Specifically, my passion for drama and film began at the age of 13 when my hometown’s little league football team was asked to be in an ABC Afternoon special TV show — Mighty Moose and the Quarterback Kid. I took a whole month off school, was on location, and I just knew that a film set was where I was supposed to be. I had never felt truly at home anywhere until I first stepped onto set.

When I was 18 I was a Greek-Folk dancer in the Jack Nicholson film The Postman Always Rings Twice. The cast and crew took me into their circle, and my mind was made up that film was the career for me. So, with no formal or further education I started work as a production assistant on television shows, before rising to the position of post-production supervisor at NBC. By age 23, I was one of the network’s youngest producers.

Having established myself in Hollywood, a stint in the MidWest followed, where I oversaw casting for Clint Eastwood’s The Bridges of Madison County. I then returned to LA where I have been working for various channels, shows and charities ever since.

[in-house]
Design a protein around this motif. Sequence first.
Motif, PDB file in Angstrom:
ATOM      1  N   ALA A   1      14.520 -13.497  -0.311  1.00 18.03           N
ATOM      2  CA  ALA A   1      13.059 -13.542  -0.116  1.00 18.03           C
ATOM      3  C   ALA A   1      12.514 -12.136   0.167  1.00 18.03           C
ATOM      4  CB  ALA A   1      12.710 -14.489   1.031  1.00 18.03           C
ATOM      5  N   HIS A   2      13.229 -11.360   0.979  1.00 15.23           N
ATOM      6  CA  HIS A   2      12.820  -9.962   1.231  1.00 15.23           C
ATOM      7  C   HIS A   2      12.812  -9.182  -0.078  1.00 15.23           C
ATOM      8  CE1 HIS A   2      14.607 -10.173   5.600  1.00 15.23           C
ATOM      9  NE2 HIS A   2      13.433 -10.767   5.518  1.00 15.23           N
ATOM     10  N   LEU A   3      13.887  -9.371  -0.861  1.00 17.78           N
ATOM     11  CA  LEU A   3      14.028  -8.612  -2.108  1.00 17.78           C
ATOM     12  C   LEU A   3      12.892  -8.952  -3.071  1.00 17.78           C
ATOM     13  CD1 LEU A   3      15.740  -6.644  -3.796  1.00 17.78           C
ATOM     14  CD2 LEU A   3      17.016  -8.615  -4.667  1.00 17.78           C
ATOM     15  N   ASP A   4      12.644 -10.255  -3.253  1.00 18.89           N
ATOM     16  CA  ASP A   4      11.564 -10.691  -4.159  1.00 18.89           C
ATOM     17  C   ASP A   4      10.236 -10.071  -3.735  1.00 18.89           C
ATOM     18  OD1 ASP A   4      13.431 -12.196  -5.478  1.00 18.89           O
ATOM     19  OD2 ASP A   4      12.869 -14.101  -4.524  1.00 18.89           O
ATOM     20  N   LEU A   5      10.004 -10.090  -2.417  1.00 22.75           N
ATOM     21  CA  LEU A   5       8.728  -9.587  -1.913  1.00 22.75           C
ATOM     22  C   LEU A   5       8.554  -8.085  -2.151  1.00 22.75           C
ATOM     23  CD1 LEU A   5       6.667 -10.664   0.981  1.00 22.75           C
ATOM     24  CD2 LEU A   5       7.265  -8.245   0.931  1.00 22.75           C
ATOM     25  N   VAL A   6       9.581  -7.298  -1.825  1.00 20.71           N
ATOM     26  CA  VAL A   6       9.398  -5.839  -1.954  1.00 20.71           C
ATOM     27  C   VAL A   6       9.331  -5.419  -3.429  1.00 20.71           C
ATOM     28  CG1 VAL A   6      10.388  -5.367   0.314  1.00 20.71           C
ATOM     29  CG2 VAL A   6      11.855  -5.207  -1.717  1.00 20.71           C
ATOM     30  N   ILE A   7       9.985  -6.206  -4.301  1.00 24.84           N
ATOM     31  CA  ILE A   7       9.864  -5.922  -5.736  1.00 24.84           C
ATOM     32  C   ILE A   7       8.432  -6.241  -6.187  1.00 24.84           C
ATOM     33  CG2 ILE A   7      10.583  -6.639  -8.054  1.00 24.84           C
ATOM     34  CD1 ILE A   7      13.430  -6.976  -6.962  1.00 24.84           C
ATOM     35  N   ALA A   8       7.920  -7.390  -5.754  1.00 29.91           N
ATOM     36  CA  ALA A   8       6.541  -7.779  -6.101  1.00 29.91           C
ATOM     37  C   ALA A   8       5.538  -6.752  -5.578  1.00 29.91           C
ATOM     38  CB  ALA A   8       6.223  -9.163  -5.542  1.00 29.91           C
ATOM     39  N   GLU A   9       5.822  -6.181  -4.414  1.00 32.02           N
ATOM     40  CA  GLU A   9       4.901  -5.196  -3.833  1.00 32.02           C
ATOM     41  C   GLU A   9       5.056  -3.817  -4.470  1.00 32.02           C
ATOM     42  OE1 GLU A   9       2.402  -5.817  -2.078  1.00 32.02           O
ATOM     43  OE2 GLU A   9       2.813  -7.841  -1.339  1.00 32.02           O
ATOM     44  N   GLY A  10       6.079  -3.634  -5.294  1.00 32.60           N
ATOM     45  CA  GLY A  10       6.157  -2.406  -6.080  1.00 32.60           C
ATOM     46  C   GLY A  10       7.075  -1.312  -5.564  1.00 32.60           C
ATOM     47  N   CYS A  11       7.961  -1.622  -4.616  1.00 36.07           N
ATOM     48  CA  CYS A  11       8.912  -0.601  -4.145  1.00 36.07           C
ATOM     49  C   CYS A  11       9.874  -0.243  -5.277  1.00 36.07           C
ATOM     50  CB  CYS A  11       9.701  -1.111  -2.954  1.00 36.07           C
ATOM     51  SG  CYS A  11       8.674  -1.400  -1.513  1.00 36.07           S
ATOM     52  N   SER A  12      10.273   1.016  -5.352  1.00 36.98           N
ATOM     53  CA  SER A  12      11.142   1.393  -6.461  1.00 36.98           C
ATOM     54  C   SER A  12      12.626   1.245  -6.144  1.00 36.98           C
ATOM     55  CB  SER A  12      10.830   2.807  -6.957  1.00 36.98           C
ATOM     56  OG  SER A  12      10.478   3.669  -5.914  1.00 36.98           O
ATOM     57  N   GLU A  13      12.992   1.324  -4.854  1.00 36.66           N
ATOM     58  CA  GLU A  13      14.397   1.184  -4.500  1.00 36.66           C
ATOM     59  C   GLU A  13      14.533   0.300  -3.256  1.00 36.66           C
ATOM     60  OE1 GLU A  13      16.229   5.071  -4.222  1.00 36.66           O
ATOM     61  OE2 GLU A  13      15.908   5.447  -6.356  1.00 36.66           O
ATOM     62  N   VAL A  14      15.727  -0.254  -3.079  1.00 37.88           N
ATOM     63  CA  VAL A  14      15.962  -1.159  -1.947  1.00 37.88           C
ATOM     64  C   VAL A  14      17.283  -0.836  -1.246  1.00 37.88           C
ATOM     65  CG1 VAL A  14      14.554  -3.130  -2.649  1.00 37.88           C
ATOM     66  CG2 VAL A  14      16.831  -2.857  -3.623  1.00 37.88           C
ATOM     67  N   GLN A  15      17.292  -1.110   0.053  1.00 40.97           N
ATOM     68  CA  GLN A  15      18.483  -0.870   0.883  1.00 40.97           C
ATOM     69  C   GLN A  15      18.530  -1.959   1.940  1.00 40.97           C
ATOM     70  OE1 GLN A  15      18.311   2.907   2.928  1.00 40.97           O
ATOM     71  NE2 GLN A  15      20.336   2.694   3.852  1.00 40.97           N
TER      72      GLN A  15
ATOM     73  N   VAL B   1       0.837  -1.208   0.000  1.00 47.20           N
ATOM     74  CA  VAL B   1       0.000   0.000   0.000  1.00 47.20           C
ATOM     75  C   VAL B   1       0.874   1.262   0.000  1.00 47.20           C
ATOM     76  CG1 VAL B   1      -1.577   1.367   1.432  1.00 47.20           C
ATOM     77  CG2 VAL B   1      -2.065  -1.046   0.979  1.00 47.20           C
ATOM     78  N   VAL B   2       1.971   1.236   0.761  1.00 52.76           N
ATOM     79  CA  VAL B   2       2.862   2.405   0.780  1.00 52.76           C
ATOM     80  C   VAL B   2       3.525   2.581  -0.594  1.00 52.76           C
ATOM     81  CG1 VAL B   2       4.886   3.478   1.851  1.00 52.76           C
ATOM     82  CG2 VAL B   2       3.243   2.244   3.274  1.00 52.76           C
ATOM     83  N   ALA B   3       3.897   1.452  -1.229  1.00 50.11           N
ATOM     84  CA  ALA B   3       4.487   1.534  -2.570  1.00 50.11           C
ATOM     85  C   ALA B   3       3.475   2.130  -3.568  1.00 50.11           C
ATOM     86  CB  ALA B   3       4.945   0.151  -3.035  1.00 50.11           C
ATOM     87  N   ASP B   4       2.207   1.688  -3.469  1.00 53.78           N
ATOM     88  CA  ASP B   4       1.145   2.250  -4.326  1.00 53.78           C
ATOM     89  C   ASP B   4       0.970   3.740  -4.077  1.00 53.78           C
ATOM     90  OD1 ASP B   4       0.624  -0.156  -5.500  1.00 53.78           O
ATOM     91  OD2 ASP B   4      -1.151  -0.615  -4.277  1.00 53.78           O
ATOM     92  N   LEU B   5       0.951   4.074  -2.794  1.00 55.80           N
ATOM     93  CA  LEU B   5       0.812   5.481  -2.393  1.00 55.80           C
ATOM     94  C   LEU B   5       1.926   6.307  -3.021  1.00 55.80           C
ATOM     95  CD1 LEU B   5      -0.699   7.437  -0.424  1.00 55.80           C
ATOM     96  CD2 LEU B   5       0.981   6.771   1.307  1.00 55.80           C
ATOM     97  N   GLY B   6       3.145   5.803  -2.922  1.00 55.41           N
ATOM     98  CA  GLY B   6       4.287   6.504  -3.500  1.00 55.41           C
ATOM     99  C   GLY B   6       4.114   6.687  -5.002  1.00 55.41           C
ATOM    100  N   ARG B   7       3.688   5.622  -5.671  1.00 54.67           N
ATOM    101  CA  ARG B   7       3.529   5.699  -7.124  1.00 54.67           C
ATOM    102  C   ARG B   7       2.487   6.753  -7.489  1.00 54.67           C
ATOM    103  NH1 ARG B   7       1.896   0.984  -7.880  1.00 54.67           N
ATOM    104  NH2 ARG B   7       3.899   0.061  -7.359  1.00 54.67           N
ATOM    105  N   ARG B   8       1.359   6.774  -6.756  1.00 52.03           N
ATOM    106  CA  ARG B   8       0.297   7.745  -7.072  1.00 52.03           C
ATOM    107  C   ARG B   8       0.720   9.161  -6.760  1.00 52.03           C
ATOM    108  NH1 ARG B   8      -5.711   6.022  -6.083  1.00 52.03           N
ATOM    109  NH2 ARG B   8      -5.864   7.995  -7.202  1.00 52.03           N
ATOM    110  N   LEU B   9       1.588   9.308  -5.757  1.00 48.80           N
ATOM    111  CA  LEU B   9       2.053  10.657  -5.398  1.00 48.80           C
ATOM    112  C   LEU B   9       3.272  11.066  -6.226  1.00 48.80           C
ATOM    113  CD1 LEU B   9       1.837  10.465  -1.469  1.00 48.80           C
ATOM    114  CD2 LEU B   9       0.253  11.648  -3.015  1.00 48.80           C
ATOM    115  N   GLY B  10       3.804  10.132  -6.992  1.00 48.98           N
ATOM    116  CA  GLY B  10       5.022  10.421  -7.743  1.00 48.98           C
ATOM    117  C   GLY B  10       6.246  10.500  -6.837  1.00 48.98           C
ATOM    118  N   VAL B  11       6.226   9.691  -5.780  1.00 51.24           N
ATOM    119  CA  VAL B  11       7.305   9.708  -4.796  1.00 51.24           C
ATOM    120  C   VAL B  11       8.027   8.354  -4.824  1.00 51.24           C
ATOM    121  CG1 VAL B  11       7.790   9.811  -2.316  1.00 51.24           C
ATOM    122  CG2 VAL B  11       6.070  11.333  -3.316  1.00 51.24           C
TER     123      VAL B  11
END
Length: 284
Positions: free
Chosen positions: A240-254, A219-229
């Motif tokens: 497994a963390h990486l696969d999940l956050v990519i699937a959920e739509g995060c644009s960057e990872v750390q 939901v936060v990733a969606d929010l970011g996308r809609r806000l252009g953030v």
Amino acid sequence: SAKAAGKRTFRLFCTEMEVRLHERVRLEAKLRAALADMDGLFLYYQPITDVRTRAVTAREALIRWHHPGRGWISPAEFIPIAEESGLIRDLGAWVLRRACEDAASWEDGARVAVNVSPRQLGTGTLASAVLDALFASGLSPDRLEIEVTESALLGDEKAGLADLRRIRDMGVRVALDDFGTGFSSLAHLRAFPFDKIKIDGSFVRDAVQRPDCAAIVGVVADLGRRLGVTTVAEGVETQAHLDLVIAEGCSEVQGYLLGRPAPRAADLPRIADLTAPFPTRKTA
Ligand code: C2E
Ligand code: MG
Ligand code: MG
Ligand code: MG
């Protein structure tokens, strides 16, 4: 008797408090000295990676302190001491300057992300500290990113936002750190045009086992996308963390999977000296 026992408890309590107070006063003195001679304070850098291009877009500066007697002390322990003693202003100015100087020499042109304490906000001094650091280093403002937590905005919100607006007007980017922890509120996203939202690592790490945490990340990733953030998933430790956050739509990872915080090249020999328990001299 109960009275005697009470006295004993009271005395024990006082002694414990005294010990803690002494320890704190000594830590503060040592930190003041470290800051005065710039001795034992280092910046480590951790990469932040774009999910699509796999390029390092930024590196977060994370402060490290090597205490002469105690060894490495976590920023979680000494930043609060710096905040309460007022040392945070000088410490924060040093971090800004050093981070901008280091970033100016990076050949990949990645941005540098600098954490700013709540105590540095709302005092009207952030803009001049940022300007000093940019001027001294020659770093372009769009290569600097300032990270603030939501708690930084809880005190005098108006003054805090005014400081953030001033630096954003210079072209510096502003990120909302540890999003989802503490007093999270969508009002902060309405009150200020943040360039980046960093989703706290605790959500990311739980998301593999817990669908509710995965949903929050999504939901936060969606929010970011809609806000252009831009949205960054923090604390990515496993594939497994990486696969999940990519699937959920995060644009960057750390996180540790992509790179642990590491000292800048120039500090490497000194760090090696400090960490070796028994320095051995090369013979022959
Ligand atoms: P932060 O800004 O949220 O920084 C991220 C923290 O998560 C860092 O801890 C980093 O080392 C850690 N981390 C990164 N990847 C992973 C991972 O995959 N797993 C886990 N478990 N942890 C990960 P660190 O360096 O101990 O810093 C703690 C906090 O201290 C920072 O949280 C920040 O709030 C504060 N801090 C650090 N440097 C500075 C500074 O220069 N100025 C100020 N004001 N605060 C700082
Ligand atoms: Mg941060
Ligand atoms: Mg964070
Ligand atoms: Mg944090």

Can you share the funniest or most interesting story that occurred to you in the course of your filmmaking career?

In 1987, I was up-and-coming with my career and had been working on a pilot for a TV series at NBC surrounded by a lot of people who were about 50 or older. Between the hours and my own commitment to prove that I was at their level, I was very out of touch with the rest of the world. When I was driving with a friend, I saw someone dressed as a clown and a bunch of people in other costumes on the street and exclaimed to a friend that Los Angeles was going down the drain. I had a good laugh as soon as my friend told me that it was in fact Hallowe’en. I learned not to get so wrapped up in my work that I forgot what days it was!

Who are some of the most interesting people you have interacted with? What was that like? Do you have any stories?

In my career at NBC, I got to interact a lot with the president, Brandon Tartekof who was a very kind man. Clint Eastwood was also enjoyable to be around.

One theme I’ve learned about people like them is that they are very normal people who don’t want to be treated differently and do not indulge themselves with, and nor do they seek, praise. They give so much respect and kindness for your transparency with them and certainly don’t let fame go to their heads.